Spence was also involved in the transfer of funds and the debate over the Erlanger Loan—an attempt made in 1863 to market Confederate bonds backed by cotton through the French banking house of Emile Erlanger & Co. Confederate diplomat John Slidell later dismissed Spence for his failure to effectively support slavery. However, Spence continued his involvement with the Confederacy, and led the arrangements for the Grand Bazaar in Liverpool in 1864. He also personally contributed money for the education of Jefferson Davis’s children, in Canada and subsequently in Liverpool, after the end of the Civil War.
Spence’s close connections to Charles Prioleau may have first arisen through his wife, Mary Anne le Serre, who, like Prioleau, came from an American-born Huguenot background. Spence’s father had also been a plantation owner in Jamaica, and had freed his own slaves without compensation prior to the legal requirement for emancipation. This led to disastrous financial consequences for Spence's family, which may have influenced Spence's complex views on abolition.
Thomas Hunter Holderness
11 Abercromby Square, Resident from 1859 to 1876
To assist with blockade running during the Civil War, Abercromby Square resident Thomas Hunter Holderness took out several patents for the improvement of propelling navigable vessels and the construction of metal, wood, and iron ships. As new shallow draft blockade runners were being designed, the Liverpool shipbuilders wanted to ensure that any advances in shipping design were firmly protected by the law, whether they were used by the North or the South.
Charles K. Prioleau
19 Abercromby Square, Resident from 1862 to 1870
Charles Prioleau, a wealthy financier and trader from Charleston, South Carolina, first constructed a Georgian-style house at this site in 1862 as the Square’s centerpiece. Some evidence suggests that the members of the Southern Club originally intended this building to be an unofficial embassy in Liverpool for the Confederacy, as a base for business and diplomacy. According to a contemporary account, Number 19 was specially designed to be a European White House for Jefferson Davis. Charles Kuhn Prioleau is not a particularly well-known name in general histories of the Civil War, but he was perhaps the most influential supporter of the Confederacy in Britain. He was the sole British partner and representative of Fraser, Trenholm, & Co., the unofficial bankers to the Confederacy in Europe, and helped supply the South with arms throughout the war.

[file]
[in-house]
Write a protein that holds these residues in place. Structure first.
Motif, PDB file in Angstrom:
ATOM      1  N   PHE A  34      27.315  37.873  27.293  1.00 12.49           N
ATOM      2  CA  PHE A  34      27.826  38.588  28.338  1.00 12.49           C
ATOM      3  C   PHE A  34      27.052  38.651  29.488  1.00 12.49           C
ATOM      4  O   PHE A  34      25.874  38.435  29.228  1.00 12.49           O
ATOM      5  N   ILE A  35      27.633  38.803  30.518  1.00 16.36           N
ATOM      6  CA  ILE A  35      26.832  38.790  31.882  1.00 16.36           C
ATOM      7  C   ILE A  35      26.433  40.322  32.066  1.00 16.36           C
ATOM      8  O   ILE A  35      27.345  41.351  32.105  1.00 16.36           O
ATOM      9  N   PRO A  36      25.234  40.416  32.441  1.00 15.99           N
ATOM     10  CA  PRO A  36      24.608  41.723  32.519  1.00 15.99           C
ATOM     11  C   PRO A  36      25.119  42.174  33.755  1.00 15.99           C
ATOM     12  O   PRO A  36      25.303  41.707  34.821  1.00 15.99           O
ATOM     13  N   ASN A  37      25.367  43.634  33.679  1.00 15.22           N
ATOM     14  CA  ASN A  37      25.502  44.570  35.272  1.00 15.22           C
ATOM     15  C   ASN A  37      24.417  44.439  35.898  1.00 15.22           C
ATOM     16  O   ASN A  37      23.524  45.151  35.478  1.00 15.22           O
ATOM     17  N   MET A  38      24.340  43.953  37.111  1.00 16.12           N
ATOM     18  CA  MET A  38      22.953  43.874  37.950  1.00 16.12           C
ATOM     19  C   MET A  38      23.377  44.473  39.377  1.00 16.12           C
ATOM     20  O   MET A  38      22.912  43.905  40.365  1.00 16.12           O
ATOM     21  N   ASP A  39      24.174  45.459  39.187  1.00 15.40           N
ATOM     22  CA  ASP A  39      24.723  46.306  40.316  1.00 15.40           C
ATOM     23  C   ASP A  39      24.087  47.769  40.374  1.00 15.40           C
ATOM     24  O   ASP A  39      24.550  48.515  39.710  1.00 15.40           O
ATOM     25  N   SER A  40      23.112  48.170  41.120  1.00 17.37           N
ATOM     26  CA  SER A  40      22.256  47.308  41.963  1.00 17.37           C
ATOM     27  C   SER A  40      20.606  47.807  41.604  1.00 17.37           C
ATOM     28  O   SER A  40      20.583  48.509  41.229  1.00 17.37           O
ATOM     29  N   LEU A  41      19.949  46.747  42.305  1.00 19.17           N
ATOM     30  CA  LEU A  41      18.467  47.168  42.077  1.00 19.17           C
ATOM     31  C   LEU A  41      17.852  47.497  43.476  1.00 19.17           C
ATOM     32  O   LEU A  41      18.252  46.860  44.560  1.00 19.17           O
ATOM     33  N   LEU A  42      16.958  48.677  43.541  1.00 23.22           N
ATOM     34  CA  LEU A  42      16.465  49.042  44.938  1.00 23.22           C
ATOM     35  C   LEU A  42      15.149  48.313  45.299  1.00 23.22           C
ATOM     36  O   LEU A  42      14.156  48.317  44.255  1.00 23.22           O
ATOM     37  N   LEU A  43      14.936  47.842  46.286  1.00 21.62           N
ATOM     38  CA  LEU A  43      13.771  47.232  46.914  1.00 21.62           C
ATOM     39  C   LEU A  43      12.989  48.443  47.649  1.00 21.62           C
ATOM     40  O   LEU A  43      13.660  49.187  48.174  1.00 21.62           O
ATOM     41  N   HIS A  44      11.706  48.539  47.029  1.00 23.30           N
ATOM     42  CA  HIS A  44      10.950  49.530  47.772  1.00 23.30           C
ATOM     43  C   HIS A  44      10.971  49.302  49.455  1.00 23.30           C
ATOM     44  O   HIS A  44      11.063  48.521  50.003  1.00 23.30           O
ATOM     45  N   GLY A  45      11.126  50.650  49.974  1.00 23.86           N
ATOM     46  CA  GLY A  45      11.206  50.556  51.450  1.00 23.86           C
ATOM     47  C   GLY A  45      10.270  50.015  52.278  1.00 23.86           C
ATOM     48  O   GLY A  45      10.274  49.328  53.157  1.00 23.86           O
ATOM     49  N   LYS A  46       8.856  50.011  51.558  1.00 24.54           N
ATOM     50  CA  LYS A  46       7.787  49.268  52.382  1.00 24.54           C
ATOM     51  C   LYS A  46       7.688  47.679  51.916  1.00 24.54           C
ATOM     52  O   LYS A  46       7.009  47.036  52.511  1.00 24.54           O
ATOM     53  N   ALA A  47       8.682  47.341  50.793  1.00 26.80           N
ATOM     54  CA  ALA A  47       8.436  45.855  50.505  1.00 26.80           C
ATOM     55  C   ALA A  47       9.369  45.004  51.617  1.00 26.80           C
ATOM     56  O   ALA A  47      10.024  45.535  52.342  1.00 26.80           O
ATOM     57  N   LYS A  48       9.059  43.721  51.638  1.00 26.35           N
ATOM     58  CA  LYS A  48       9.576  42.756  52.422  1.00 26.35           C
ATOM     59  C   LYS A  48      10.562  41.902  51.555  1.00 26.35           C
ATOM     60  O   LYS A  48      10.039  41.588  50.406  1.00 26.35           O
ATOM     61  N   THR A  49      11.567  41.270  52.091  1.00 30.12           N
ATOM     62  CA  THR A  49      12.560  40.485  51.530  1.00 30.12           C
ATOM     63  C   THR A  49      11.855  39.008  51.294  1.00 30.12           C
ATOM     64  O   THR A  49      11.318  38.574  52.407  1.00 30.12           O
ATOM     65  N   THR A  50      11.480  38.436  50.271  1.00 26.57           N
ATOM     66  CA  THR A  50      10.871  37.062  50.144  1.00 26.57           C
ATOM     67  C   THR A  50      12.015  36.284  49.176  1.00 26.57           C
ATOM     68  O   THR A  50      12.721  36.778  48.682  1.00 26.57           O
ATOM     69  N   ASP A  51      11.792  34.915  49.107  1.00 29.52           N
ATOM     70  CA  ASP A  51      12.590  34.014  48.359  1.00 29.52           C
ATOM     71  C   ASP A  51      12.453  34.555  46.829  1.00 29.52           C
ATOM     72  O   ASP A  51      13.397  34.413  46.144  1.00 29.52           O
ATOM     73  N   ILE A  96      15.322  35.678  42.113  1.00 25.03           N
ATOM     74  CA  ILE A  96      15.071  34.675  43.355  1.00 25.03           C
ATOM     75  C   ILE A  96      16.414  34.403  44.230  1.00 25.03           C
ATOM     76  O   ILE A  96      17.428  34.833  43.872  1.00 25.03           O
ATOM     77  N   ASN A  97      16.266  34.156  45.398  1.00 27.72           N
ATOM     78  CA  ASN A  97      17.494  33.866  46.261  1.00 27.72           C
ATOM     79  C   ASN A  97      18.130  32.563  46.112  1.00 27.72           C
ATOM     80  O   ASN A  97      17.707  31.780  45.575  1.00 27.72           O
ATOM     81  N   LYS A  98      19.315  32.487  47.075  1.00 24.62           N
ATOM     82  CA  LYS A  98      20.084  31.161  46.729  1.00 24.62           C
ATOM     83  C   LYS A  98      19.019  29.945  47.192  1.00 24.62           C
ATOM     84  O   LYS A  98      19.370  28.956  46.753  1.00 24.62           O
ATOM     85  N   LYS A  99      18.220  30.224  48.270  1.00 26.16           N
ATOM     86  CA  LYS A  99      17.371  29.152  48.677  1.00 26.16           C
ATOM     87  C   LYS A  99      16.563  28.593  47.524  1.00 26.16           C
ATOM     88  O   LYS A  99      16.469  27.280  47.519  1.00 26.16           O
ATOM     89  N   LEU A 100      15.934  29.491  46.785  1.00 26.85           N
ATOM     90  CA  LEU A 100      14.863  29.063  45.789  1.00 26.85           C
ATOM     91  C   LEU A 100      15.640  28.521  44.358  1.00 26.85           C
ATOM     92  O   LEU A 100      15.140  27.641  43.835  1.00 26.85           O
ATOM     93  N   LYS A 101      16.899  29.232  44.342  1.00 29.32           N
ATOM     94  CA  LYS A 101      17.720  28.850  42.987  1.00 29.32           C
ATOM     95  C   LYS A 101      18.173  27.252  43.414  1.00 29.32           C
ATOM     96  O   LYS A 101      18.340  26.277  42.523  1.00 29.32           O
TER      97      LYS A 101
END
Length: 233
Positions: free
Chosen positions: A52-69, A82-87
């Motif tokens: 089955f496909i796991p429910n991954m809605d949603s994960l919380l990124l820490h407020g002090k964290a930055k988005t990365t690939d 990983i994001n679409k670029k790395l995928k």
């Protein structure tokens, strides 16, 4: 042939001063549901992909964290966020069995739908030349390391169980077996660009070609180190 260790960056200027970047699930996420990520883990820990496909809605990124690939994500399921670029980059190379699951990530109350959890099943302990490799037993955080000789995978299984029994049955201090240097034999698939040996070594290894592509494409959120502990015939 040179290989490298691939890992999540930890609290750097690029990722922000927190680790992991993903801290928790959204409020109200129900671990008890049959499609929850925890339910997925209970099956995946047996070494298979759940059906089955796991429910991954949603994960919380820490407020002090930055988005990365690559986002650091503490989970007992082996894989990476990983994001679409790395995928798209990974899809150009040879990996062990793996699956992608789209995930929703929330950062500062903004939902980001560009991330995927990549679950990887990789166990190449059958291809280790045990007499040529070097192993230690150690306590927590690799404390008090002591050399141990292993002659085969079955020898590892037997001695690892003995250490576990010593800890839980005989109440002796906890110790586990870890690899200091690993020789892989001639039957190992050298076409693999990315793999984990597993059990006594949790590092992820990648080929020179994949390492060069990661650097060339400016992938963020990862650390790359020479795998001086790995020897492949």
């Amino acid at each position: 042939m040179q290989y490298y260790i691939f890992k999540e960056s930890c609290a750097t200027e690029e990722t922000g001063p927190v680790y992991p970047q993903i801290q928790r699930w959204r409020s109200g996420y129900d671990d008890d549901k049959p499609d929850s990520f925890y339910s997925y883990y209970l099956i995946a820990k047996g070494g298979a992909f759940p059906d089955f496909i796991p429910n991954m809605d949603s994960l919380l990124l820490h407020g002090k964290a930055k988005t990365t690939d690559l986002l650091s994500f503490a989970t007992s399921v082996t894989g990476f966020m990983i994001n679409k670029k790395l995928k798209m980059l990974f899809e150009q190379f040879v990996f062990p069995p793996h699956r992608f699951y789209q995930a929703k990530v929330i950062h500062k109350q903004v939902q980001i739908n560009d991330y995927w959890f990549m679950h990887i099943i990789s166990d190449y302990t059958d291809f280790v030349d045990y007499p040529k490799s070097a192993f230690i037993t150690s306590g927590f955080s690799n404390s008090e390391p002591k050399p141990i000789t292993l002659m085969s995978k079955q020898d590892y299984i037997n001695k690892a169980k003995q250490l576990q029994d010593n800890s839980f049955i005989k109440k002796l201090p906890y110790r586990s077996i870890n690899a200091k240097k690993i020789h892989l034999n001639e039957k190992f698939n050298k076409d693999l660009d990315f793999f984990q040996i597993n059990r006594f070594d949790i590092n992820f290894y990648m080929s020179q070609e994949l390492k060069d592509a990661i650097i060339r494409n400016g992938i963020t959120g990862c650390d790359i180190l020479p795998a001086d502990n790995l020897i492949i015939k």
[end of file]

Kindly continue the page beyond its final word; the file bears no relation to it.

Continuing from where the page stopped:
19 Abercromby Square, Resident from 1870 to 1877
Major Norman Walker, a Virginian by birth, had been an agent of the South in Bermuda, where Fraser, Trenholm, & Co. also operated. He and his wife, Georgina Gholsen Walker, entertained many individuals connected to blockade running, and Walker himself was involved in trans-Atlantic efforts to raise funds and obtain armaments from Europe and Liverpool. Walker visited Liverpool numerous times, bringing Confederate cotton bonds to Prioleau, and helping to arrange arms shipments. After the war, Walker set up an import-export business in Liverpool with his father-in-law Thomas S. Gholsen. His wife Georgina was a close personal friend of Varina Davis, wife of the former Confederate President. As a plantation owner and commodity trader on the trans-Atlantic market, supporting slavery was fundamental for the Walkers. Georgina’s diaries reveal that the Walkers hosted the Davises on several visits to Liverpool in the years following the war, between 1867 and 1874.
Charles and Lewin Mozley
20 Abercromby Square, Residents from 1843 to 1857
Despite the neutrality of the British government during the Civil War, the local government in Liverpool was decidedly pro-Confederate. Several mayors had commercial and historical ties to the southern states, as the post-holders frequently came from established merchant families of the town. Lewin and Charles Mozley came from a prominent Jewish family of businessmen with historical involvement in the trans-Atlantic slave trade. The brothers were also successful bankers and businessmen, working for Israel Barned and Co., a bank that specialized in loaning money to shipping, cotton, and timber firms. Lewin Mozley even purchased the plot of land at Number 19 Abercromby Square on behalf of Charles Prioleau in 1862. Powerful in local politics, Charles Mozley became the first Jewish mayor of Liverpool in 1863, and helped sway local opinion towards the southern cause, encouraging the Confederate sourcing of ships on the River Mersey.
23 Abercromby Square, Resident from 1875 to 1885
Alfred Chapman was the chief engineer of the Preston & Fawcett Engineering Co. that provided arms to the Confederacy throughout the Civil War. Chapman became the inventor of many engineering patents for this company. Mostly based overseas during the war years, he would have been a regular visitor to his chairman and chief engineer, Robert Preston.